Fifth grade's latest project definitely required perseverance. They were instructed to make digital tangrams. Tangrams are Chinese puzzles consisting of seven specific pieces: two large triangles, one medium-sized triangle, two small triangles, a square, and a rhombus. These pieces must be sized exactly according to the set parameters, else the puzzle won't work the way it's intended. In order for the students to do this project entirely independently, I would have had to teach them the Pythagorean Theorem, which would have been wildly inappropriate for their age, so instead I provided just enough information for them to figure out the dimensions using basic logic skills. After the students coded each piece, they then used the pieces to create a tangram design found online. This is trickier than you would imagine, but the students persevered, thought outside of the box, and successfully completed their puzzles. Below is a photo of a small sampling.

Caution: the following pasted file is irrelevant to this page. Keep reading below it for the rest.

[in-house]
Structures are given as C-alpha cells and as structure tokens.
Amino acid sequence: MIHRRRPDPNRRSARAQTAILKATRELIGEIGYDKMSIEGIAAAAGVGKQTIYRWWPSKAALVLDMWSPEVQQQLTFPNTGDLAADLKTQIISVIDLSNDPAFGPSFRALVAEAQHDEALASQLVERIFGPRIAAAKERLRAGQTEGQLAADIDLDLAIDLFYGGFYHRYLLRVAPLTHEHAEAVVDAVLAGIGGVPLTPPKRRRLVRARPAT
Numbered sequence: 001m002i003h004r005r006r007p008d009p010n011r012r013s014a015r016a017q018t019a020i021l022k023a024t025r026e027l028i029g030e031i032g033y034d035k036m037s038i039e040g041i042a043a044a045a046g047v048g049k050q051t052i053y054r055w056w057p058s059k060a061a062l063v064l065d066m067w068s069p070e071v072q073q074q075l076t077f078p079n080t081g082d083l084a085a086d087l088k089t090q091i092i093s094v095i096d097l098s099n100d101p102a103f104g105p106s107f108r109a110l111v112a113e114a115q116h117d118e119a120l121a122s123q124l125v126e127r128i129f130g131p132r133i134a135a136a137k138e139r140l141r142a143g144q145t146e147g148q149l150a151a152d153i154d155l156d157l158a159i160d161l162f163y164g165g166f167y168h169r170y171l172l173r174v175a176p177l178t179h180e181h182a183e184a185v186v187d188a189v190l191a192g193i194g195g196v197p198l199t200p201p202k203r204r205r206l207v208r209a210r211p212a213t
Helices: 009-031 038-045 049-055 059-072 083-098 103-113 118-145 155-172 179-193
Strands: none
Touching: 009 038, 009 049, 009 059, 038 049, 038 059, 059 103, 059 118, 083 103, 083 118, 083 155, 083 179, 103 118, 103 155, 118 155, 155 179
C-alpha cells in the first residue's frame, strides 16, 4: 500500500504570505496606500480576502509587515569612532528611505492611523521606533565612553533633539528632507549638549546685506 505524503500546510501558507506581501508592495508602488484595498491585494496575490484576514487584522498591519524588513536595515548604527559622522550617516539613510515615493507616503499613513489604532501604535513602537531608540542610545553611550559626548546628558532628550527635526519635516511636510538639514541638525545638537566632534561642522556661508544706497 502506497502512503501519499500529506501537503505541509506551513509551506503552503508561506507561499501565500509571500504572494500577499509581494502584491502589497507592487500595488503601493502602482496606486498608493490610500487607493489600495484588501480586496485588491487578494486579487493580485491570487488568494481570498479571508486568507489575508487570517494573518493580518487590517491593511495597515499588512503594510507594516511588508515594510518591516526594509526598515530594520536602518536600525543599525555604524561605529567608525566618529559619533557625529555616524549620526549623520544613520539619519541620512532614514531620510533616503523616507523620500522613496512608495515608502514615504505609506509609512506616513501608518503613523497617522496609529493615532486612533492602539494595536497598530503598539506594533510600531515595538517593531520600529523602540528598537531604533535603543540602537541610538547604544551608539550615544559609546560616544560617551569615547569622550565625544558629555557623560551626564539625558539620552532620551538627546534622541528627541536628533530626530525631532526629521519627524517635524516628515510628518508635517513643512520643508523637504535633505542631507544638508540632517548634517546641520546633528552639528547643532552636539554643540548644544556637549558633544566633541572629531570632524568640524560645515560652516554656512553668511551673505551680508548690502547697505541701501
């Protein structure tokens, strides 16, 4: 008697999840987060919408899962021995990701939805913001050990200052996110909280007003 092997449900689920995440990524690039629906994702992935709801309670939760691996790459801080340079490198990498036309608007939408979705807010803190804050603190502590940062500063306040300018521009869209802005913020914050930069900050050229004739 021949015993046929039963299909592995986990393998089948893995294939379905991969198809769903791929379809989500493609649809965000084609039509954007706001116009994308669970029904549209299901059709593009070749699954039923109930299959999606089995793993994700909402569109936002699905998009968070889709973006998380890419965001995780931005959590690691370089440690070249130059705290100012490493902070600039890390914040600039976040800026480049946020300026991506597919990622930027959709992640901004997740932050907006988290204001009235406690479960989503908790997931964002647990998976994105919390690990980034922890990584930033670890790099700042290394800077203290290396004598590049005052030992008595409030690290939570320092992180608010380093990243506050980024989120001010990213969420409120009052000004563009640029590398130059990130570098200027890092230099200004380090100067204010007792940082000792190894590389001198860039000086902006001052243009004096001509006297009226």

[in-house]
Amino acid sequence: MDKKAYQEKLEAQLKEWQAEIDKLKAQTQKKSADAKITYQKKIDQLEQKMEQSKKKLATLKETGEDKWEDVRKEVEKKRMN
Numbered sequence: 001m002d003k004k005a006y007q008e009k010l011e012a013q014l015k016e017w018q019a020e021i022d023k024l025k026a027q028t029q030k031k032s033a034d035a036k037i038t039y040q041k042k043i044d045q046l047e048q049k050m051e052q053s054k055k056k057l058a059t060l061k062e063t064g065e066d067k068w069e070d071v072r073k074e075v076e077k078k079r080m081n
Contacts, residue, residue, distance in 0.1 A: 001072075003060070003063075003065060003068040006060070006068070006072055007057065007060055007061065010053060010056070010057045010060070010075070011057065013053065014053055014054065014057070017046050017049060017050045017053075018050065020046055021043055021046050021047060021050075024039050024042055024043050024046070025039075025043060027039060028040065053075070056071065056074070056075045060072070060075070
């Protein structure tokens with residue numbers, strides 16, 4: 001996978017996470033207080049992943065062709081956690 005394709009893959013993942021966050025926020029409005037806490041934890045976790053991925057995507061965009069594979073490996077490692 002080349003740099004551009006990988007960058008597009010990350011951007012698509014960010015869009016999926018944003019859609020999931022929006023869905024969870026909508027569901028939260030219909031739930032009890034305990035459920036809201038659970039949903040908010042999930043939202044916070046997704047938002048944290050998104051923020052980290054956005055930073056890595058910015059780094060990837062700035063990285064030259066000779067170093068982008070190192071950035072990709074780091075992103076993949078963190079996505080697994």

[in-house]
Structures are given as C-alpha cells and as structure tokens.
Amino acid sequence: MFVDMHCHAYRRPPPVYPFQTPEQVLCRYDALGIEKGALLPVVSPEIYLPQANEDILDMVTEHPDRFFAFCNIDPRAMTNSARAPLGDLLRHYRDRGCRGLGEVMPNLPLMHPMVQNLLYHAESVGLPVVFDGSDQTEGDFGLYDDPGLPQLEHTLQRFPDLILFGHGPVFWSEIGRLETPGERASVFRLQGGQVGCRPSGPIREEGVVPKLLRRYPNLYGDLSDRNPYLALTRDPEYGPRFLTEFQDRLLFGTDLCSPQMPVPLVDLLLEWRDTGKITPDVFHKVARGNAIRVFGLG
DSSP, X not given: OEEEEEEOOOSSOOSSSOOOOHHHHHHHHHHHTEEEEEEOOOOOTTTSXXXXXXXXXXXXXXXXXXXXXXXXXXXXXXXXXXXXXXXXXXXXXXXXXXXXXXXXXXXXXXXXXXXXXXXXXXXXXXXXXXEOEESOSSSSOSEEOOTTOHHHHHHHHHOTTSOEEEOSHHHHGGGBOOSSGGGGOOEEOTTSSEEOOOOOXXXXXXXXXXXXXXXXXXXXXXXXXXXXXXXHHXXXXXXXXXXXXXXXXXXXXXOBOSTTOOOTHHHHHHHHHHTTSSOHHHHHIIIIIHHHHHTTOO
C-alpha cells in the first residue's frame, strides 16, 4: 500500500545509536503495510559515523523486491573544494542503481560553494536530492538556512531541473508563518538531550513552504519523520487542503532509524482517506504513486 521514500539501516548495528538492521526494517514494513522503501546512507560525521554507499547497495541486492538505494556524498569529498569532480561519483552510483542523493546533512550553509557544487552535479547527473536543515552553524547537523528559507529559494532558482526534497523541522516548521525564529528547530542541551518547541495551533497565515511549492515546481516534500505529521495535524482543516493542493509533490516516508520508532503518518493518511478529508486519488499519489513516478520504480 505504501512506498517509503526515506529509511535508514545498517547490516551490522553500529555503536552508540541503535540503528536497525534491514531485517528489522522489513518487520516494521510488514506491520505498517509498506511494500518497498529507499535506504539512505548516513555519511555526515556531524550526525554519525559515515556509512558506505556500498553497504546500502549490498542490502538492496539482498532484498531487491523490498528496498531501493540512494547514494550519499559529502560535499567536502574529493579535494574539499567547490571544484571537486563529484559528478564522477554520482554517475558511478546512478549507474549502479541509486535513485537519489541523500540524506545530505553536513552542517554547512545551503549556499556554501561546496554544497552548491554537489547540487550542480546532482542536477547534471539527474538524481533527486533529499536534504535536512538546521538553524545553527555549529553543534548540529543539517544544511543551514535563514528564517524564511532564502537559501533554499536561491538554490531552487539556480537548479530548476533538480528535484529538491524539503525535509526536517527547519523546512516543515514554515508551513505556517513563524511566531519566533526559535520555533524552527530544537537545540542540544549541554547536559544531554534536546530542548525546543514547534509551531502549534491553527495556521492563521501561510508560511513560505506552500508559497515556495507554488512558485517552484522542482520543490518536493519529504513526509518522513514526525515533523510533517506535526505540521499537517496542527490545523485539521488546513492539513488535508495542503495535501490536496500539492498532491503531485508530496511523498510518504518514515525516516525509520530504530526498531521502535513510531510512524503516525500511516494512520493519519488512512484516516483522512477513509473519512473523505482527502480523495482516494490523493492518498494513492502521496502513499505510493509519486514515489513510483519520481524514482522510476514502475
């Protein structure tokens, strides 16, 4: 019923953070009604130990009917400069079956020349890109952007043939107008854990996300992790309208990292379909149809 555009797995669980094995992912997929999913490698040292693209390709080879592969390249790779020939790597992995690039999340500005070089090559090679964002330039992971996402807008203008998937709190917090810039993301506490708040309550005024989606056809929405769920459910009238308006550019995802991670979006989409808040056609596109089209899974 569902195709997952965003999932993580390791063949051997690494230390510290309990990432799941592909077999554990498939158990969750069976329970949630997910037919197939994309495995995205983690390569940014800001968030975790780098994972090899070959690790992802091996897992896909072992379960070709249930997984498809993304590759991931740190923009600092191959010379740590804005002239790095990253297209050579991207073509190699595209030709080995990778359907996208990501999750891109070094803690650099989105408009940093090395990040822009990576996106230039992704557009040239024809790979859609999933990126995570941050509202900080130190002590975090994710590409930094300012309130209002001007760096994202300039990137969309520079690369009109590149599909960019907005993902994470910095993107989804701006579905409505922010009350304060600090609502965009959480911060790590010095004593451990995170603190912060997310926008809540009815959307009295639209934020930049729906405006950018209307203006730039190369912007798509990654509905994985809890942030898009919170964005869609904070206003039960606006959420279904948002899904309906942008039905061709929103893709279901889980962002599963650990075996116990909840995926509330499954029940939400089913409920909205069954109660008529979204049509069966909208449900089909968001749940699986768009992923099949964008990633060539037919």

Another challenging element of this year has been the Middle School's keyboarding curriculum. Students are required to take more responsibility for their work and behavior once they reach the Middle School. As Mrs. Wagy says, this is the time for them to learn personal responsibility because the risk is so low; any negative consequences are small, in part because we (and parents) provide such a strong safety net. Knowing this, the Middle School teachers and I agreed that allowing the students to take charge of their keyboarding practice in computer class was a good idea. Each student must complete a certain amount of keyboarding work per week; this amount is differentiated between students and will likely change as the year goes on. They may have to spend time before or after school to finish their work in time, or, if they focus, they may get it all done during class time. The first couple of weeks caught many students off-guard; "I didn't have time!" they said. But through persevering and stepping up to the challenge, all of the students have gotten themselves on track and are headed steadily toward their individual goals. I had to let loose on the reigns while still expecting excellent behavior, and though it was a learning curve for both me and the kids, we have found our groove, and for that I am thankful and glad.